The Reedswamp exhibit is closed for restructuring work. We've also had to temporarily restrict some activities, including hand feeding. Find out more here.

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Arundel is a 65-acre haven for wildlife in a picture-book setting in West Sussex. At its back are steep woodlands, topped by the ancient and dramatic Arundel Castle; at its borders are the pretty River Arun and a historic mill stream; all around are the scenic South Downs.


The proximity of the Downs means that the centre benefits from a water supply that is filtered naturally to crystal clarity and purity by the layers of chalk which are part of the landscape.

This high quality source means that Arundel’s lakes, reed beds, channels and waterfalls can support a rich array of British wildlife favourites as well as a large and varied collection of international wildfowl, many of them under serious threat in their native countries.

Visiting and resident British species include bats, bee orchids, cuckoos, dragonflies, glow-worms, grass snakes, pochard, swans, very many small birds, such as reed and sedge warblers, and three species of woodpecker.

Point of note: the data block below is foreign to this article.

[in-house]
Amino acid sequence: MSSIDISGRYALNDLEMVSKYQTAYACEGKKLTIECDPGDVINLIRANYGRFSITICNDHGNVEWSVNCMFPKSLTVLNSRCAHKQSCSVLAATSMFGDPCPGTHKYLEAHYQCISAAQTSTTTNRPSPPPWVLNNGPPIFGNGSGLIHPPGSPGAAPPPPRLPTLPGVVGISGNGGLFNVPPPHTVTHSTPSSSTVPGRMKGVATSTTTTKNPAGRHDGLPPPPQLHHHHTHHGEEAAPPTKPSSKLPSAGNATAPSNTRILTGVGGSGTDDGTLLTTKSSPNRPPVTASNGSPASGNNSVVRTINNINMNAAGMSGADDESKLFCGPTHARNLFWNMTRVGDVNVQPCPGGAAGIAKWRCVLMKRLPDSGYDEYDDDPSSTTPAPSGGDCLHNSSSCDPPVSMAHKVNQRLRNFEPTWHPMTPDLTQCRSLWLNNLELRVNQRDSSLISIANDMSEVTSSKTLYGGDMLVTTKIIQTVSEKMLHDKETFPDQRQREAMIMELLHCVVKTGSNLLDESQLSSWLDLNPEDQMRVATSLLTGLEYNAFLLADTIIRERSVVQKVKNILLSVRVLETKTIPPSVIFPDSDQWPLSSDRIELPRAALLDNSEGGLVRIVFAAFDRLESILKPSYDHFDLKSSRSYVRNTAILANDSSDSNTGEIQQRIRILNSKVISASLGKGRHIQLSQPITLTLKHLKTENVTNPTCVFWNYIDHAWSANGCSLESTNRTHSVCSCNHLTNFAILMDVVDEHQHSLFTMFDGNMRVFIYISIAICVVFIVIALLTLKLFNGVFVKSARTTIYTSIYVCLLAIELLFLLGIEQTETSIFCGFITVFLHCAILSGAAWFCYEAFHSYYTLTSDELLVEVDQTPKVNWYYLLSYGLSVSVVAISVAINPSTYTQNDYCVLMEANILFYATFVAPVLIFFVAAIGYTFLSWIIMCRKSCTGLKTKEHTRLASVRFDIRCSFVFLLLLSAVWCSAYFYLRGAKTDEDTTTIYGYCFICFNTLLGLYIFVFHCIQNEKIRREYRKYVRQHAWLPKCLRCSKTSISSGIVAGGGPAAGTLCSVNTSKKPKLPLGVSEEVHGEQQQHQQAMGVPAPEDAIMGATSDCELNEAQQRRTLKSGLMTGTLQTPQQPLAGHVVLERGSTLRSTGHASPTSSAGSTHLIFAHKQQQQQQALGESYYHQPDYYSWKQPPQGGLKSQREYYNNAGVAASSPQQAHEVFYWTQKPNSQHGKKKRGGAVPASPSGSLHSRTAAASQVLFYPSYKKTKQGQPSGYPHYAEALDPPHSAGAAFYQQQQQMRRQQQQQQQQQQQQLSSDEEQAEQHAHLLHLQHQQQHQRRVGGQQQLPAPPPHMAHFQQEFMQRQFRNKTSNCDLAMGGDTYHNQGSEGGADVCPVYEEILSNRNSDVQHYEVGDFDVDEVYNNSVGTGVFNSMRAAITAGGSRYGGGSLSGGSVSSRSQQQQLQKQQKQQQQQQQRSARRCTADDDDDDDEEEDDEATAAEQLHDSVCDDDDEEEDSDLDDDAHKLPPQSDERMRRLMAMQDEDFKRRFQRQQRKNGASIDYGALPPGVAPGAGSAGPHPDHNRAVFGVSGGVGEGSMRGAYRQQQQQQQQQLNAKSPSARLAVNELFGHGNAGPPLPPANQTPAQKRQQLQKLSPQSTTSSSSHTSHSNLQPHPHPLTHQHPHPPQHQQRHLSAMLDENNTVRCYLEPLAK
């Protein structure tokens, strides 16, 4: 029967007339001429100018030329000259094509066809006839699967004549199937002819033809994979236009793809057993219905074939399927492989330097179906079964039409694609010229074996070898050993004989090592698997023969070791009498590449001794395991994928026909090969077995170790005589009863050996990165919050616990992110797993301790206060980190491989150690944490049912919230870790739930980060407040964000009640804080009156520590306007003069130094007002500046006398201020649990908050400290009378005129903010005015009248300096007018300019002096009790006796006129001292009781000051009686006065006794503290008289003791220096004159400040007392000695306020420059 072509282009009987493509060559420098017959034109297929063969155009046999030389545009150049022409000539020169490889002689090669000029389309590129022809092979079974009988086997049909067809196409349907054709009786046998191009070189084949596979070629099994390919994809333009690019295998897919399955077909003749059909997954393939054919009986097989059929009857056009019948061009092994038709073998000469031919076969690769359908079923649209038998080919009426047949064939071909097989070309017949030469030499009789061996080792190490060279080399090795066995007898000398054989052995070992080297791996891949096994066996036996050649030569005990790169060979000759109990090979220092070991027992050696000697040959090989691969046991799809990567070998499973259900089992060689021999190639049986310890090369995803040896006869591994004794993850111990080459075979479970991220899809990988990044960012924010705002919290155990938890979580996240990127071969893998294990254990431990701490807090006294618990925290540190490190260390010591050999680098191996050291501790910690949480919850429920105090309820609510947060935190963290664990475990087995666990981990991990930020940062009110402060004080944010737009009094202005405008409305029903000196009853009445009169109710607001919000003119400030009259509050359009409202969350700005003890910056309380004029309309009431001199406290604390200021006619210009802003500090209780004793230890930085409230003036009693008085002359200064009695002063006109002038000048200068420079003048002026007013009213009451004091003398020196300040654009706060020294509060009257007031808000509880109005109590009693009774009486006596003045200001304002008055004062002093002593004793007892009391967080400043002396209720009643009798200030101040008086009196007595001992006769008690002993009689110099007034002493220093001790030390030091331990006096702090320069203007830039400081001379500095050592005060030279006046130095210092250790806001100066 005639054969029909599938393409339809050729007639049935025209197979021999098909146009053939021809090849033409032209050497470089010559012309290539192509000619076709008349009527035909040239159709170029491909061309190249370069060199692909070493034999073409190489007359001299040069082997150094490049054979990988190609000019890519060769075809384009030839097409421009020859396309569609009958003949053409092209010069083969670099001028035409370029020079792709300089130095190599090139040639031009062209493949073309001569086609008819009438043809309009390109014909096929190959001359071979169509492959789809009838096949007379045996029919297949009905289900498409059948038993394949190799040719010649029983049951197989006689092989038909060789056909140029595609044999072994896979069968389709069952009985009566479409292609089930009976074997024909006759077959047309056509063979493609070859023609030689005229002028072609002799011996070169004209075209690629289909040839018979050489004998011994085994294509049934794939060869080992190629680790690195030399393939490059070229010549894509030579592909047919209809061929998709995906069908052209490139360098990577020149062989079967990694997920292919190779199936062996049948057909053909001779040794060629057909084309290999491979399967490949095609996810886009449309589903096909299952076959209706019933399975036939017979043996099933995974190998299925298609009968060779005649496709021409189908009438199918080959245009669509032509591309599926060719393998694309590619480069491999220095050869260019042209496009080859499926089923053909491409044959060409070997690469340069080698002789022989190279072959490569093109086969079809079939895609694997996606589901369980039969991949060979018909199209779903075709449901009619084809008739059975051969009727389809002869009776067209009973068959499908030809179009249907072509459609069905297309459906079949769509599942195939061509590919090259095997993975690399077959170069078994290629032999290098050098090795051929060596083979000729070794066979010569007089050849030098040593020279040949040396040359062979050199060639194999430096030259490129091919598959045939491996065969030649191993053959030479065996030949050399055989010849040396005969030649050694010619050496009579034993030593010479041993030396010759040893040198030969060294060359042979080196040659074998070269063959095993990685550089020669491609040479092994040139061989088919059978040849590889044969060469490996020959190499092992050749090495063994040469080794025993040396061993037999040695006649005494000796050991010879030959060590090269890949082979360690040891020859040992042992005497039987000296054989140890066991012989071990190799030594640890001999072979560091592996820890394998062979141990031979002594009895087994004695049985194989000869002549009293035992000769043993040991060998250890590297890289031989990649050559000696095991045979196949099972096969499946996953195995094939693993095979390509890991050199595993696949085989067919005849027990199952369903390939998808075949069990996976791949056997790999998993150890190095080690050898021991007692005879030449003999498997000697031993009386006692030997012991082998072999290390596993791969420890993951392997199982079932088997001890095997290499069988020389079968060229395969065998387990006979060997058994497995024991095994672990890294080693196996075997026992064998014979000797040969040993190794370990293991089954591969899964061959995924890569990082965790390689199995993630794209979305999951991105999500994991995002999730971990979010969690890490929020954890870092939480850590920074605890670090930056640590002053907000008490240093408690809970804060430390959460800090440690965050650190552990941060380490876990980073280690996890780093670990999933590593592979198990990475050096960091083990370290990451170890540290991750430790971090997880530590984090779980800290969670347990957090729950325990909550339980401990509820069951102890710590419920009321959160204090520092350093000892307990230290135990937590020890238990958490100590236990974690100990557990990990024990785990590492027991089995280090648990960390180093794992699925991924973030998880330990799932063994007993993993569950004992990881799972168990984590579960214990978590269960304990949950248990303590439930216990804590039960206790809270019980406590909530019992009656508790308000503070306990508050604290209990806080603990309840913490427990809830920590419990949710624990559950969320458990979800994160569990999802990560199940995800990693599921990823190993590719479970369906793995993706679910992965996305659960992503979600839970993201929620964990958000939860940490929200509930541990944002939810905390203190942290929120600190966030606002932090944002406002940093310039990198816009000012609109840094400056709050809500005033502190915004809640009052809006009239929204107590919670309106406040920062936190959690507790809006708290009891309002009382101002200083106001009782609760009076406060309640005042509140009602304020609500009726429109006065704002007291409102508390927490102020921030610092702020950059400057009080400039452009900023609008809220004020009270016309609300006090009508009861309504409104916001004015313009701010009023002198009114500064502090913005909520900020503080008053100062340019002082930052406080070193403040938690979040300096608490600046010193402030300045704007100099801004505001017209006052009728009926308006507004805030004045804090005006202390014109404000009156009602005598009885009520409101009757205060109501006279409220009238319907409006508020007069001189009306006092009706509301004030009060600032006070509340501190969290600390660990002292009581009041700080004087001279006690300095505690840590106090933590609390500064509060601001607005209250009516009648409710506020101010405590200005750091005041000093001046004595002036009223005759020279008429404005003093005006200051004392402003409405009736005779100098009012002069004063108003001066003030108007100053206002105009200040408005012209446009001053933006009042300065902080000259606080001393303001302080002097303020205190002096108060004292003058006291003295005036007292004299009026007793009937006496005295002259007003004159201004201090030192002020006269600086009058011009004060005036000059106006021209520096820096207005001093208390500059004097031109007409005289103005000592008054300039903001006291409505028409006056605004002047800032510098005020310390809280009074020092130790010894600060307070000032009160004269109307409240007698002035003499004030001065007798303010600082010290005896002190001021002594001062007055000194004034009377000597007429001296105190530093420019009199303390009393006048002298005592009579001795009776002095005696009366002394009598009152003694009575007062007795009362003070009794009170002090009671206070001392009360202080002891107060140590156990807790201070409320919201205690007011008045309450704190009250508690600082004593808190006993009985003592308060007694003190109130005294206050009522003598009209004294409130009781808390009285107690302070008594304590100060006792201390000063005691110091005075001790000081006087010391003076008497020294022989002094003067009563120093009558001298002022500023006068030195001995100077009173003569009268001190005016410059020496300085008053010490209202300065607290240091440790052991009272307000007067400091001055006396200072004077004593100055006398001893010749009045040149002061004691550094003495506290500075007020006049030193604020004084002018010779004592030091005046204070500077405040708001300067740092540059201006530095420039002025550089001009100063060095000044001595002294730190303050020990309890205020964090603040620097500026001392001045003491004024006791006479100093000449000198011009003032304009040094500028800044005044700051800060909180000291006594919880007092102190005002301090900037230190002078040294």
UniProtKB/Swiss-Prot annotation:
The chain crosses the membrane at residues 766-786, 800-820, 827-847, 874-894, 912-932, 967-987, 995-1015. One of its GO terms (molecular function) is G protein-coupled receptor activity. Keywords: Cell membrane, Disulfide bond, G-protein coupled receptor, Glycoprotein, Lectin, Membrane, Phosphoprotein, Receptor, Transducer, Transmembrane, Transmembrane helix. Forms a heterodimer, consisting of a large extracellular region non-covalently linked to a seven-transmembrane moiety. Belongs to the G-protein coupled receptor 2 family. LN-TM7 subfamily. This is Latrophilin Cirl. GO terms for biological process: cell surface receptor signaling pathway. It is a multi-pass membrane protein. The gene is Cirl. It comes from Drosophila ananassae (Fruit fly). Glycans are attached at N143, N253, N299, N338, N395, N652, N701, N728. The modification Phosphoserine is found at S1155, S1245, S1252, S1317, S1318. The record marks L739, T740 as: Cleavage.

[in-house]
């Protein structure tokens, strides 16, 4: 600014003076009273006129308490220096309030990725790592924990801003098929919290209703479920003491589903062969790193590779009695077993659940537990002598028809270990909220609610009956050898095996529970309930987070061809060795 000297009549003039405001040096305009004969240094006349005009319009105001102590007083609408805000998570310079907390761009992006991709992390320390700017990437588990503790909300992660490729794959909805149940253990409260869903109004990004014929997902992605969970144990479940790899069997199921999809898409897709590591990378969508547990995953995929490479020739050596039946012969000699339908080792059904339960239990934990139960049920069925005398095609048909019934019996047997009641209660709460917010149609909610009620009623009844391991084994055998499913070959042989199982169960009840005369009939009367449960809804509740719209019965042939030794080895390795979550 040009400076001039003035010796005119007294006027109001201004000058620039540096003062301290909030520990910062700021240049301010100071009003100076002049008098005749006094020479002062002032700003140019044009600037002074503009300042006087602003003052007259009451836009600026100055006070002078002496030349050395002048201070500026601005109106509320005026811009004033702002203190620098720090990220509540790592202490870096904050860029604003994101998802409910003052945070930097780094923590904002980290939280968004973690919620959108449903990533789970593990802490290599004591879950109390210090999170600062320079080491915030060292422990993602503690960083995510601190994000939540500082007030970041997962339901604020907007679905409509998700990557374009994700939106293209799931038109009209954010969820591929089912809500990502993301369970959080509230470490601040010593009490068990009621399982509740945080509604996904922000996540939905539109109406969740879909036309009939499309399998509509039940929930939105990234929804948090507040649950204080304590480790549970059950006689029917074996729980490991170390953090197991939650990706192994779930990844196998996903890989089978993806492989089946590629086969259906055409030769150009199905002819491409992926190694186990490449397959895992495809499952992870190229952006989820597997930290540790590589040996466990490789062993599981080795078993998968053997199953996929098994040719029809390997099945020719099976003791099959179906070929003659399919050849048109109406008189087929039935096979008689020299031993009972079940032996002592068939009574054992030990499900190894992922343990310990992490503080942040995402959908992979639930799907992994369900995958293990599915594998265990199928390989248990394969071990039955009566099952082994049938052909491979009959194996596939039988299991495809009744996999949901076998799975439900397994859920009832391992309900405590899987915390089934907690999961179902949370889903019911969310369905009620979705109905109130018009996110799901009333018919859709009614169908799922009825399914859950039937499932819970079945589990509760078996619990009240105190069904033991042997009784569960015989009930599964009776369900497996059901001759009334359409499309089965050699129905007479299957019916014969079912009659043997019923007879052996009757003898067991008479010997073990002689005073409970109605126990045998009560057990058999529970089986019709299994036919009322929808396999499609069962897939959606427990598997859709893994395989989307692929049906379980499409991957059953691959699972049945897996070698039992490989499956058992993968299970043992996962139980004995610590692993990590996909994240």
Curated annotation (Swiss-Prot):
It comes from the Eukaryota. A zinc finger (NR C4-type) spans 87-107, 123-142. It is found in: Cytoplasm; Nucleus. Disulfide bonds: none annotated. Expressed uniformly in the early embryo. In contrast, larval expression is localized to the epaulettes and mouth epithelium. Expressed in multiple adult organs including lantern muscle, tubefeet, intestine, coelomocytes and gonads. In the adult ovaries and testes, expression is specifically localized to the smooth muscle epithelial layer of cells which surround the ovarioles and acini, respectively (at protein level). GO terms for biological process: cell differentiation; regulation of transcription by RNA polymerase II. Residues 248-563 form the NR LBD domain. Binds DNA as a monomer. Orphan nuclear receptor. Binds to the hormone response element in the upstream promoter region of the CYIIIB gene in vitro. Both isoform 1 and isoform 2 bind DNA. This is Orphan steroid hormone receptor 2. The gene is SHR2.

Kingfishers nest in the artificial bank on the Arundel Riverlife lagoon, remaining onsite year around fishing at most hides and along the channels of Wetland Discovery. Sand martins move through the site during autumn passage and spring migration with 10+ pairs staying to nest in the Sand Martin hide’s nesting banks.

The Offham hangar affords views of soaring buzzards and perching peregrines. Kestrels frequent the site and barn owls nest in the boxes on the islands of Wetlands Discovery.

Lapwing can be spotted from the Ramsar hide in small winter flocks and nesting pairs in spring. Pairs of oystercatchers, teal, gadwall and shovelers also live along the large lagoon between the Ramsar and Sand Martin hides.

Grey herons, little egrets and cormorants frequent the scrapes, lagoons and channels throughout the year.

Don’t miss

  • Bats (pipistrelle, noctule, whiskered, Daubenton’s, long-eared and serotine).
  • Bee orchids
  • Damselflies and dragonflies
  • Glow worms
  • Grass snakes
  • Harvest mice
  • Kingfishers
  • Newts (palmate and smooth)
  • Song-birds (including Cetti’s, reed and sedge warblers)
  • Wainscot moths (silky and obscure)
  • Water birds (including Bewick’s swans and pochards in winter),
  • Water shrews and voles